By Tom Cardella
Buckle up. It’s been more than three months since I told you about one of my medical adventures. The wait is over. This past weekend, my aging body once again required a trip to the Jefferson Hospital Emergency Room. Who the hell ever named these “the Golden Years?”
It was the middle of the night on Sunday. Hours earlier, Fran and I had been at a great restaurant enjoying a wonderful meal. I had the bracciole on a bed of soft polenta. What my mother-in-law called a “Depression meal.” Not anymore. The entrée cost close to forty bucks. My mother-in-law used to feed her family for a month on forty bucks. But, as Neil Diamond sings, “Used-to-be’s don’t count anymore.” Anyway, let me assure you that what happened to me can’t be blamed on the bracciole.
I woke up at 4 a.m. Sunday morning thinking I messed myself. I was bleeding like a crime victim in a class B-movie. From a place where the sun don’t shine. My whole world was colored bright red. Fran thought I was a goner. I thought she should make a quick search for my life insurance policy. Instead, she called “9-1-1.” I think the rescue squad has my number on speed dial.
My destination was the ER, where Tasha the nurse and a host of doctors and staff assistants were ready and waiting. I felt no pain. But my life blood continued to gush out of me. Tasha tended to my mess. Slipped me a tuna salad sandwich and an ice cold diet ginger ale that tasted like Dom Perignon in a good vintage year. If this was it, I thought, it wasn’t a bad way to go. A great meal the night before. Not a trace of pain. A cold soda. My devoted wife by my side.
And then the bleeding slowed and seemed to stop. Tasha covered me with a heated blanket, and I was transferred to a small private room where Holly, Maggie and a male nurse whose name I never got waited on me like angels. It was beginning to feel like I might not die after all.
I’d lost enough blood that my hemoglobin levels were a betting choice on FanDuel. For the first time in my life, I had two blood transfusions. Those of you who donate blood. Bless you. Keep donating. You’re the reason I’m still writing this column. But don’t hold that against me.
It was decided to schedule me for a colonoscopy the next morning. My last one had been performed three years ago after a similar bleeding episode. I was also a colon cancer survivor. Seven years out.
The prep hasn’t changed. The drink is the same. The same creepy off-lemon flavor. All 3.8 liters of it — one gallon, if you please. No way to get it down without a ton of ice. Especially not in the relatively short amount of time required to finish it.
I swear there was a hidden conspiracy to keep me from getting anywhere near the bottom of that toxic-tasting fluid. I swore that the liquid kept growing in the pitcher. Maybe the melting ice in the pitcher was the culprit? Nurse Jackie insisted that there was NO ice in the pitcher. The only ice she added was in the 8-ounce Styrofoam cup, she said sternly.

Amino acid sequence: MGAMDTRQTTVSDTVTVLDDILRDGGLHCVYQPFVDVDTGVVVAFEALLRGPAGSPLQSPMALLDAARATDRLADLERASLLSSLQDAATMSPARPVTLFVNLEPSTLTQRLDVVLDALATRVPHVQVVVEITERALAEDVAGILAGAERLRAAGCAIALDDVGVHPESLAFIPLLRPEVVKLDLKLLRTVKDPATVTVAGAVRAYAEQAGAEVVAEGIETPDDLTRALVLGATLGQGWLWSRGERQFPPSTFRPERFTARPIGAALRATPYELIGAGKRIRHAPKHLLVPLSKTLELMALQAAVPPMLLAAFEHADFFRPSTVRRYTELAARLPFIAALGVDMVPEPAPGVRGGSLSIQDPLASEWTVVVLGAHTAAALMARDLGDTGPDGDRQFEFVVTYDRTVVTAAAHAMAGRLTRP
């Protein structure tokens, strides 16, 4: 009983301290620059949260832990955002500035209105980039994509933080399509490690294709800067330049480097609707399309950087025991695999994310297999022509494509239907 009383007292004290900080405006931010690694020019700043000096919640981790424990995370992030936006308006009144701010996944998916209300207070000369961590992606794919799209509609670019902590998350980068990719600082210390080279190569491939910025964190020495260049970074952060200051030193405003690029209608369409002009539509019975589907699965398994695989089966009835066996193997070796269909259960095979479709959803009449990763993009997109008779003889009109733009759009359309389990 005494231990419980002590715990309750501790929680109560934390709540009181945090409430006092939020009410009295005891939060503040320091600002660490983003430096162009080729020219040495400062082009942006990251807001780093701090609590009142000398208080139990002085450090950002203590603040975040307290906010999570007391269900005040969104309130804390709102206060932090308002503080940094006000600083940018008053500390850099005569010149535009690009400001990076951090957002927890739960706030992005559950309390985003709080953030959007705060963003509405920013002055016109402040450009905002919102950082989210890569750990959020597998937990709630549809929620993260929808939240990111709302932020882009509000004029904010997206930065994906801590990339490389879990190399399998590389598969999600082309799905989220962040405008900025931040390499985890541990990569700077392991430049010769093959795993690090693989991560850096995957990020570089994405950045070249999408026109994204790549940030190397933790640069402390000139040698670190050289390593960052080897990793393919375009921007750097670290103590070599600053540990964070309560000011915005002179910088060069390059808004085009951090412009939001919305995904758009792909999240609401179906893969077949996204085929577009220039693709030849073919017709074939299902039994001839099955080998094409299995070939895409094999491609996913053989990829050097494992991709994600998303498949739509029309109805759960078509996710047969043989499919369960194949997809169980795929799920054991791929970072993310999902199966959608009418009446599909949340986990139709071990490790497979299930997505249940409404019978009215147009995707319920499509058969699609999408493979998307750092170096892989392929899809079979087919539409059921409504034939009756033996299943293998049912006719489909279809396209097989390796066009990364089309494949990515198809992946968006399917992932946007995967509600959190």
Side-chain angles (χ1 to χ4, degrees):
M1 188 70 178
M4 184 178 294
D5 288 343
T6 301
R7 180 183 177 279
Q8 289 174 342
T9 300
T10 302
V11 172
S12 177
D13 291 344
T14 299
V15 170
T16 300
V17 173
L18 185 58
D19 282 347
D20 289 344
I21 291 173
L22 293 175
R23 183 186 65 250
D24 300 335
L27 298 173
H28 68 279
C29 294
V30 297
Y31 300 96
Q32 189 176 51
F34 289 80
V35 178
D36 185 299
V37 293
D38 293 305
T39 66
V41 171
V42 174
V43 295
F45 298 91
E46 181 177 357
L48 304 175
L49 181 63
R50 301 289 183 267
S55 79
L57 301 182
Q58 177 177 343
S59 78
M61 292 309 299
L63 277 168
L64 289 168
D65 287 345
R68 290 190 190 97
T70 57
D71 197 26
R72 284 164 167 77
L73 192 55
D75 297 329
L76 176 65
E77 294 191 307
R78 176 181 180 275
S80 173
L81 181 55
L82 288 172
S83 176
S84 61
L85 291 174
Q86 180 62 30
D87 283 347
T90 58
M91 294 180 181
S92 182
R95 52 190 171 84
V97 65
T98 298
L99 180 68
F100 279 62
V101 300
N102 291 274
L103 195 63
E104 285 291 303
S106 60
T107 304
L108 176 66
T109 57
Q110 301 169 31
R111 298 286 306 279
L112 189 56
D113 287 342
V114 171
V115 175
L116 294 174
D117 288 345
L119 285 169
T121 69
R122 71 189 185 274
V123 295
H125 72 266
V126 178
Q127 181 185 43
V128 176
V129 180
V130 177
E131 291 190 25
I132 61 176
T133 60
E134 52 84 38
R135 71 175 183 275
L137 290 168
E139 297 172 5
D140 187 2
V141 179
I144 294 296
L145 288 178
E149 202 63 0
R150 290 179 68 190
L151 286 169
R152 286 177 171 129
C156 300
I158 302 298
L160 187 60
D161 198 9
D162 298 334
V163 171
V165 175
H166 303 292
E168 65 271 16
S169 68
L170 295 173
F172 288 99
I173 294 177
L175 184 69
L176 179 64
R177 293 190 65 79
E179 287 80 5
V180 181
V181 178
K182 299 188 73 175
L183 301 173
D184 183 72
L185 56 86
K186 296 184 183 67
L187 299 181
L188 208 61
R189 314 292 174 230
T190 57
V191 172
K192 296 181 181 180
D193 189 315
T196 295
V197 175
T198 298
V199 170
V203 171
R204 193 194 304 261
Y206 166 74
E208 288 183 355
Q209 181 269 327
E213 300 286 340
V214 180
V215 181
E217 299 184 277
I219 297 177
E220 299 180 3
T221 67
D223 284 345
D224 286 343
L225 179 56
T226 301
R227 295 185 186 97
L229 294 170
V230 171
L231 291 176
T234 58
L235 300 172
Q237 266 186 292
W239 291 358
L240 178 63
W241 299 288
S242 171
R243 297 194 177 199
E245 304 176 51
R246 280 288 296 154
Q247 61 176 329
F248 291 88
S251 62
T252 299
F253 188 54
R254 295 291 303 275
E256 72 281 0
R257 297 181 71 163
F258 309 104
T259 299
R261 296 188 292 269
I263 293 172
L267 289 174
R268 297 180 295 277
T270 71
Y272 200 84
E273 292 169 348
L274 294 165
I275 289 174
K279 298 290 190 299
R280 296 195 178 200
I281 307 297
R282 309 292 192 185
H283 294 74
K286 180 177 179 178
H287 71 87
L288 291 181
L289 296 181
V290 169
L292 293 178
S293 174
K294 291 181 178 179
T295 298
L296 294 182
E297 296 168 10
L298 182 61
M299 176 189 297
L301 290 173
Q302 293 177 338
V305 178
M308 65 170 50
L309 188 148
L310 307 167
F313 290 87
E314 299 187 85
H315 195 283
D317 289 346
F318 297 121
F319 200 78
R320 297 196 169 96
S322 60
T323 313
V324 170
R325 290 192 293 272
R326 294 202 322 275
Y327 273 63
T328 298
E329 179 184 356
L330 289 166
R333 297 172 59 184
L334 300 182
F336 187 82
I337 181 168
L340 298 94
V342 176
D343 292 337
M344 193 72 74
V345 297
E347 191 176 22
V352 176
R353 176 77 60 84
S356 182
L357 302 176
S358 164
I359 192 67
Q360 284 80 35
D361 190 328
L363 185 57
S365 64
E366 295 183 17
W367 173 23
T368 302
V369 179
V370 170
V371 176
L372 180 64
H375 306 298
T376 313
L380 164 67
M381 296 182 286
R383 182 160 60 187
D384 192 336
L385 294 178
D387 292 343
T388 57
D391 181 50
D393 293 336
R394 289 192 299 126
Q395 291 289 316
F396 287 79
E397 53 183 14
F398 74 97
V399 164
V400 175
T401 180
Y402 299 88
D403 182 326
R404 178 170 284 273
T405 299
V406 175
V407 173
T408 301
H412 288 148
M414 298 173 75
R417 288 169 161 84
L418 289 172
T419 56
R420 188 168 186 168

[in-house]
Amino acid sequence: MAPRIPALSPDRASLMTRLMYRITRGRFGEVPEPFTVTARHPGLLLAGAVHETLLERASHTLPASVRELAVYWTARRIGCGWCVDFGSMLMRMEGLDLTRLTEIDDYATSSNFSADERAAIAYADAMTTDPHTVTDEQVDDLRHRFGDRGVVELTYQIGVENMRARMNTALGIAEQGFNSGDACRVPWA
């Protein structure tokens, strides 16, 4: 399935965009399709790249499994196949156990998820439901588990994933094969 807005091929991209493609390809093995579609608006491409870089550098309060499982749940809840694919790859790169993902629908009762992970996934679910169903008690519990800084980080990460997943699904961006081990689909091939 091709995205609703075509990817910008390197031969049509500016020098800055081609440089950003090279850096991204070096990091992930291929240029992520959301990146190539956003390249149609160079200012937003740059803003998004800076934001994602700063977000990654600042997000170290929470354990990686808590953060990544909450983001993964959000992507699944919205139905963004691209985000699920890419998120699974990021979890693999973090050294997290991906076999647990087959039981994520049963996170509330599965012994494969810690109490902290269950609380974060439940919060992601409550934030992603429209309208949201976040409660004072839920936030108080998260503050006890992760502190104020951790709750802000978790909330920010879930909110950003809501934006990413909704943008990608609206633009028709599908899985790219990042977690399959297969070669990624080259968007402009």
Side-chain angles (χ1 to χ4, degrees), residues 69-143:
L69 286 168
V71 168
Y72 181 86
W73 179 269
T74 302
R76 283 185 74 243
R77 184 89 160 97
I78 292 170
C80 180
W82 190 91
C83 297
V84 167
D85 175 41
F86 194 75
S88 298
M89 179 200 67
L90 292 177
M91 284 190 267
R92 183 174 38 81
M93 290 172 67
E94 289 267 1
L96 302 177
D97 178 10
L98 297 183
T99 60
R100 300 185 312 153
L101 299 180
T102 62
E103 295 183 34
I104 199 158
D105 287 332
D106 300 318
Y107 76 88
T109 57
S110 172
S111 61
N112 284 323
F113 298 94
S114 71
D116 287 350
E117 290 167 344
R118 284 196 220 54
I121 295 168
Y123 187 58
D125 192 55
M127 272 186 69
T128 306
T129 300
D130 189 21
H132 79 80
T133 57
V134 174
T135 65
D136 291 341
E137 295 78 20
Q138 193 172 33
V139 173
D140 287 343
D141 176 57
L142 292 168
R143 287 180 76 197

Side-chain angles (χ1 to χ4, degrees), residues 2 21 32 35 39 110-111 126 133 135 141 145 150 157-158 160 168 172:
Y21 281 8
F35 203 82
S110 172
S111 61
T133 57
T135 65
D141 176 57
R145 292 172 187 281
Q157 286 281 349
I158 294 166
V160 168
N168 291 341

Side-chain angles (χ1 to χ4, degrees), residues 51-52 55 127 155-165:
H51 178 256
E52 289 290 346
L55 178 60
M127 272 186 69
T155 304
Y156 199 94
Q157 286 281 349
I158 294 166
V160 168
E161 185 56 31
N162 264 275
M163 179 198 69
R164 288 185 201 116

I love the nurses. They are underappreciated and underpaid. But I failed Nurse Jackie. I couldn’t finish the prep liquid. She warned me that without finishing the prep, the doctors told her they might not be able to do the colonoscopy the next morning. She denied that she was threatening me. I felt an eensy-teensy threat. It is my opinion that if we could develop a telescope to see the surface of Mars, we ought to be able to develop a better tasting prep. You mean to tell me that if we give the contract to COCA-COLA, they can’t come up with something that tastes better? How many more folks would get regular colonoscopies if all they had to do was drink a gallon of Coke to prep for the exam? How many lives would be saved? I rest my case.
Nurse Jackie notwithstanding, I qualified for my colonoscopy the next day. At this point, I must digress to add a note about Michelle. Michelle is my own personal Guardian Angel. She is real and totally beautiful. She is our friend who works in the colonoscopy side of the house. Three years ago, right before I got wheeled into the operating room, Michelle appeared out of nowhere to hold my hand and wish me luck. And now, three years later, under similar circumstances, Michelle appeared again. I think she waits on-call to show up as my need arises. I love my wife. I also love Michelle.
Just as it happened last time, Michelle was there when I awoke to give me the good news. NO cancer evident. Just a couple of benign-looking polyps had been removed. I’ll get confirmation in a couple of weeks.
The diagnosis is diverticulitis. My colon is like a worn-out old city street. A city street with potholes. My colon used to be cared for by Dr. Scott Goldstein. A surgeon with magic hands. But he retired. He’s likely out on a golf course when I need him around to keep my colon from shredding. Not that he doesn’t deserve retirement. He deserves a hole-in-one.
Am I being selfish? My colon needs you, Dr. Goldstein.